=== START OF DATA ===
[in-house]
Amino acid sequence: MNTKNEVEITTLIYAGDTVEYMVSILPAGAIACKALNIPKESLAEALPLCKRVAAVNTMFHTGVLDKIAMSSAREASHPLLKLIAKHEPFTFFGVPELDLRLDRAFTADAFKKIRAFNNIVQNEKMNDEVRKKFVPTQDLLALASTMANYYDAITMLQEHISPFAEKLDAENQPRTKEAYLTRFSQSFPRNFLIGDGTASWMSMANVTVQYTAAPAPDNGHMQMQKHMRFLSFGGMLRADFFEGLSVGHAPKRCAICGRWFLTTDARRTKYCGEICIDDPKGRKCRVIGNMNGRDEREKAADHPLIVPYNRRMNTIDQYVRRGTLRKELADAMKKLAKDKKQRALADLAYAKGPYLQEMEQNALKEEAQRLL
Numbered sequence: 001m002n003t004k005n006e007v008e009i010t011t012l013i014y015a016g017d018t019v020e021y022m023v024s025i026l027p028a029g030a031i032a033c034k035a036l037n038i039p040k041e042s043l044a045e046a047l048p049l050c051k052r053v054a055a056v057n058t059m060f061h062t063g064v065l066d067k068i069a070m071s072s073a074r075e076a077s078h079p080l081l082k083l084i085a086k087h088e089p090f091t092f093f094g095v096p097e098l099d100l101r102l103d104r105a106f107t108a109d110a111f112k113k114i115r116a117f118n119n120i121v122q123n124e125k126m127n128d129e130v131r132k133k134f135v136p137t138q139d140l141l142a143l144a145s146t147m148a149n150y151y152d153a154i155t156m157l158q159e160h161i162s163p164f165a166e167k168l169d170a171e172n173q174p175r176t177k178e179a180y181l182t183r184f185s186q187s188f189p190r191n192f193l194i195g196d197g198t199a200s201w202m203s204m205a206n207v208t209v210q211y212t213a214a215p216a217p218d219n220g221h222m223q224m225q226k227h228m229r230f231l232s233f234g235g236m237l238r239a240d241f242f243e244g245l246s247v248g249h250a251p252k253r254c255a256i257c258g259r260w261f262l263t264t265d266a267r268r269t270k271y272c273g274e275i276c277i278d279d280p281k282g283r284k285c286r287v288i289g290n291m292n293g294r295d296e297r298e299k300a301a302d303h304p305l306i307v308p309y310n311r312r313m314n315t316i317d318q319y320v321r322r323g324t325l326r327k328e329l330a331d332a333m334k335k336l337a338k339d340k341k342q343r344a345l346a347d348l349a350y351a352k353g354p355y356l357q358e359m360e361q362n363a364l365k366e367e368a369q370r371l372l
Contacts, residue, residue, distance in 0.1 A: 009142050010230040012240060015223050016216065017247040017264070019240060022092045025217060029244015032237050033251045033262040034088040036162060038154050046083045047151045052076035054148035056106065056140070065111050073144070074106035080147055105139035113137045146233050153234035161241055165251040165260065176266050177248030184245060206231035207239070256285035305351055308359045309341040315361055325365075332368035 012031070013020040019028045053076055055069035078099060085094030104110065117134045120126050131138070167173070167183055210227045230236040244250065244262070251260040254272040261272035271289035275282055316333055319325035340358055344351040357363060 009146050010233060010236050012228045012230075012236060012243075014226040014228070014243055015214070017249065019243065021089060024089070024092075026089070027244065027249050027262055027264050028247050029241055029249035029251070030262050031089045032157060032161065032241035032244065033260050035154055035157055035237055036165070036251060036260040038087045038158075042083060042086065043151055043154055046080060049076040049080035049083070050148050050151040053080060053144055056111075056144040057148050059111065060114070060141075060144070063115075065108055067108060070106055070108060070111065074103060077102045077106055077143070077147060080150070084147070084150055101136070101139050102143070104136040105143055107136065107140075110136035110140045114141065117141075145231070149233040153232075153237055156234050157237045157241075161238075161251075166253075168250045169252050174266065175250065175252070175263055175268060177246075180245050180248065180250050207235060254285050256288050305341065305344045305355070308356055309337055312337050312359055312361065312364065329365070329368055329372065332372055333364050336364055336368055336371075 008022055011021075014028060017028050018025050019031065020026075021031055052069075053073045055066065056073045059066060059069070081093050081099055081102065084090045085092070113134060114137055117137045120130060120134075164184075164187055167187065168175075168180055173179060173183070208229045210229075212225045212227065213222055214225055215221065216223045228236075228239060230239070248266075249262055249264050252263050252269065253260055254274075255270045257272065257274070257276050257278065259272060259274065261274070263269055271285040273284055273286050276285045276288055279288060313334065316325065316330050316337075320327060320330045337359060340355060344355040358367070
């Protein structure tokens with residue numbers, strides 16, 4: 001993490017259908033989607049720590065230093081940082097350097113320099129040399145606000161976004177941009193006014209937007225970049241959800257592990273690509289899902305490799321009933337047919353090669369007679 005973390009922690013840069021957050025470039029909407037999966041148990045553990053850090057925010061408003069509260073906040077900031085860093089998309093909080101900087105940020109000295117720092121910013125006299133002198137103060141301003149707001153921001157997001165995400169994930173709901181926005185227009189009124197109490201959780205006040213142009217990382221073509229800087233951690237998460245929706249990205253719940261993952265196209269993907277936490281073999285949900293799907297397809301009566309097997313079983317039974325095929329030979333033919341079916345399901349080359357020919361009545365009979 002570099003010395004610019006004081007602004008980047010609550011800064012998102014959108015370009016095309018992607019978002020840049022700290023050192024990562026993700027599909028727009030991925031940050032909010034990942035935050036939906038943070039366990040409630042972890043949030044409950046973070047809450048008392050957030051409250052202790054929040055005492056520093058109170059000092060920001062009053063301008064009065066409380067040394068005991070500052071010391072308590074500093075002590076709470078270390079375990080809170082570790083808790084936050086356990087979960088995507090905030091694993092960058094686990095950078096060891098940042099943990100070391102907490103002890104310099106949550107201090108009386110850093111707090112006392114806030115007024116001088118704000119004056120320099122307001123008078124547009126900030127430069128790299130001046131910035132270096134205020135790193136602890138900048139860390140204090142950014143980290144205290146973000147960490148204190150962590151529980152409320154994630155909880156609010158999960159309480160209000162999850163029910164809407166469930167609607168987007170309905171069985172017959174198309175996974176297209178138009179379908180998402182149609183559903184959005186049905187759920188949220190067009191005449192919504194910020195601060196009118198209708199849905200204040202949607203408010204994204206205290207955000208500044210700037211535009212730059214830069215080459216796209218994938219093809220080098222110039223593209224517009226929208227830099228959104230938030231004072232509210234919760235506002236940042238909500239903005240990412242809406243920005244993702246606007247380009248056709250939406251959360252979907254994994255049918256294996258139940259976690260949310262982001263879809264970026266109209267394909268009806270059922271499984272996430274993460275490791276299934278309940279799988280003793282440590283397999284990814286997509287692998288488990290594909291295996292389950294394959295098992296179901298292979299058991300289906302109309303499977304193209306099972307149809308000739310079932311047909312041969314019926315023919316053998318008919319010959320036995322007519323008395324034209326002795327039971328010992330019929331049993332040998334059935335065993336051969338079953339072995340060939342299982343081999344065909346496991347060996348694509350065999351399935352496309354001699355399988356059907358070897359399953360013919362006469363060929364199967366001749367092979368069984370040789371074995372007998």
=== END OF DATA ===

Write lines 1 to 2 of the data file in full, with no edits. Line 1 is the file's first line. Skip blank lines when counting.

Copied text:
[in-house]
Amino acid sequence: MNTKNEVEITTLIYAGDTVEYMVSILPAGAIACKALNIPKESLAEALPLCKRVAAVNTMFHTGVLDKIAMSSAREASHPLLKLIAKHEPFTFFGVPELDLRLDRAFTADAFKKIRAFNNIVQNEKMNDEVRKKFVPTQDLLALASTMANYYDAITMLQEHISPFAEKLDAENQPRTKEAYLTRFSQSFPRNFLIGDGTASWMSMANVTVQYTAAPAPDNGHMQMQKHMRFLSFGGMLRADFFEGLSVGHAPKRCAICGRWFLTTDARRTKYCGEICIDDPKGRKCRVIGNMNGRDEREKAADHPLIVPYNRRMNTIDQYVRRGTLRKELADAMKKLAKDKKQRALADLAYAKGPYLQEMEQNALKEEAQRLL